Microbes Could Survive on Planets with All Hydrogen Atmospheres

Bacteria and yeast can survive under hydrogen in the lab, which may mean more planets could support extraterrestrial life.
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Charles Q. Choi, Contributor

(Inside Science) -- Microbes can survive and grow in 100% hydrogen atmospheres, suggesting life could potentially evolve on a much broader range of alien worlds than is often considered, a new study finds.

Hydrogen is the most common element in the universe. While astronomers have not yet detected any rocky exoplanets with hydrogen atmospheres, they expect such atmospheres to exist, especially around exoplanets known as super-Earths, which have more mass and therefore stronger gravitational pulls than Earth does. Since hydrogen is the lightest of all gases, hydrogen atmospheres should prove much puffier than Earth's, extending so far from the planet's surface that they should be the easiest rocky exoplanet atmospheres to detect, researchers said.

However, "astronomers typically do not think of hydrogen-dominated planet atmospheres as conducive to life," said study lead author Sara Seager, a planetary scientist at MIT in Cambridge. There was little previous research on how well life could grow in hydrogen-rich atmospheres, save for microorganisms known to depend on hydrogen gas to survive.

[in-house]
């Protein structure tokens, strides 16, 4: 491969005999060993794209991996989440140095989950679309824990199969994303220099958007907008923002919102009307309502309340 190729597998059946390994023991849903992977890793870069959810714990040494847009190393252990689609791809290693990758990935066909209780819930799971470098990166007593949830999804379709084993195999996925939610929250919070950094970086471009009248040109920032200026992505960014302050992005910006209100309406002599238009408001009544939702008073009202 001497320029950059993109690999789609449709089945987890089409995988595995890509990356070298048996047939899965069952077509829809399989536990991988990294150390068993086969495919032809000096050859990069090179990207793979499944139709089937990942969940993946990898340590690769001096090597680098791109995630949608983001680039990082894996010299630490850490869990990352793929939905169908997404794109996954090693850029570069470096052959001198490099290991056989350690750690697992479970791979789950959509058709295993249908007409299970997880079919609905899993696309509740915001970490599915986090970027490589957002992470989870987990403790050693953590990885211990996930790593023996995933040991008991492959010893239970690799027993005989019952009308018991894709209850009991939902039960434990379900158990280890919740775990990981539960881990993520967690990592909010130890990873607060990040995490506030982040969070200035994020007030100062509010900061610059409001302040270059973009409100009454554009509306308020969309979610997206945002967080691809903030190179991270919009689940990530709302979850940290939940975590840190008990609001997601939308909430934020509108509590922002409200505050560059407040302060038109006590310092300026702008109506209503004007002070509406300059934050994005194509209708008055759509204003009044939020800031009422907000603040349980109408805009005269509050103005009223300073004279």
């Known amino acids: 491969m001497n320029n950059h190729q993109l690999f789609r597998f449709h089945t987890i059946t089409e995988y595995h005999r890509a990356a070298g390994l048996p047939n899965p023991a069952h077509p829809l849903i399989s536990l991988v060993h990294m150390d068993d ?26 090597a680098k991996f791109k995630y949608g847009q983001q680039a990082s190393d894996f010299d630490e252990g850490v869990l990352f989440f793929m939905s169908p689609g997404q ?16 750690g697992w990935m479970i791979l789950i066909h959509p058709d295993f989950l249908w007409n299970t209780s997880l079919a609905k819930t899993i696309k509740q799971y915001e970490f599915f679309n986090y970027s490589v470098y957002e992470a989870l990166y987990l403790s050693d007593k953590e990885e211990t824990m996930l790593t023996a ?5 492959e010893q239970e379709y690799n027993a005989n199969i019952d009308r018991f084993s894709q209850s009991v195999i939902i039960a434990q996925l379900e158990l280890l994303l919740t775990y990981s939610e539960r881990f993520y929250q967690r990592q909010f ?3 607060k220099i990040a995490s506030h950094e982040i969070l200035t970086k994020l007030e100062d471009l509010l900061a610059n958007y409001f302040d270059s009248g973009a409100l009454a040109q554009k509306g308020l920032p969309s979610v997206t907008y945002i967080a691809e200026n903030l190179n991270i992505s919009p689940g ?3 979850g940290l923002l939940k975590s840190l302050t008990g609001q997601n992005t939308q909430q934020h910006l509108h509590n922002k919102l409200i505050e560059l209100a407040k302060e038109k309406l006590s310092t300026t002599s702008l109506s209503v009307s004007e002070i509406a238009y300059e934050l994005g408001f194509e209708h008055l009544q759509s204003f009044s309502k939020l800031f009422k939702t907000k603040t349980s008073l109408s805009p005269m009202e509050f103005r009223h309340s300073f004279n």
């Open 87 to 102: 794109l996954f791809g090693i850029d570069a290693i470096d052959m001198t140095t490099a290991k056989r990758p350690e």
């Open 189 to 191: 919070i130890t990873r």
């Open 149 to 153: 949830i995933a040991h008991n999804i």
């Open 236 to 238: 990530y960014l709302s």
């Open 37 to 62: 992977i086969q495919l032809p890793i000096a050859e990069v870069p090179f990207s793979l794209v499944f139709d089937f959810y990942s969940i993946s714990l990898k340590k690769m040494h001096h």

In the new study, researchers investigated how well two different kinds of microbes grew in the lab in 100% hydrogen: the bacterium E. coli, which lacks a nucleus, and yeast, which possesses one. Although neither microorganism normally lives in environments dominated by hydrogen, the scientists found both could reproduce, switching from their preferred oxygen-consuming metabolism to less efficient anaerobic processes. Their growth rates were slower in hydrogen atmospheres, perhaps due to the lack of energy the microbes would normally get from oxygen. E. coli reached numbers roughly half those they would have in regular air, and yeast was hundreds of times less abundant than it would otherwise have been.

The researchers noted that although E. coli is a relatively simple microbe, it could generate 45 different gases such as ammonia and nitrous oxide. Such gases might serve as potential signatures of life if detected in exoplanet atmospheres. Next-generation telescopes that are capable of analyzing rocky exoplanet atmospheres are scheduled to come online in the next several years, they added.

"Astronomers should keep an open mind as to which planets are worth searching for life," Seager said.

The scientists detailed their findings online May 4 in the journal Nature Astronomy.

Author Bio & Story Archive

Charles Q. Choi is a science reporter who has written for Scientific American, The New York Times, Wired, Science, Nature, and National Geographic News, among others.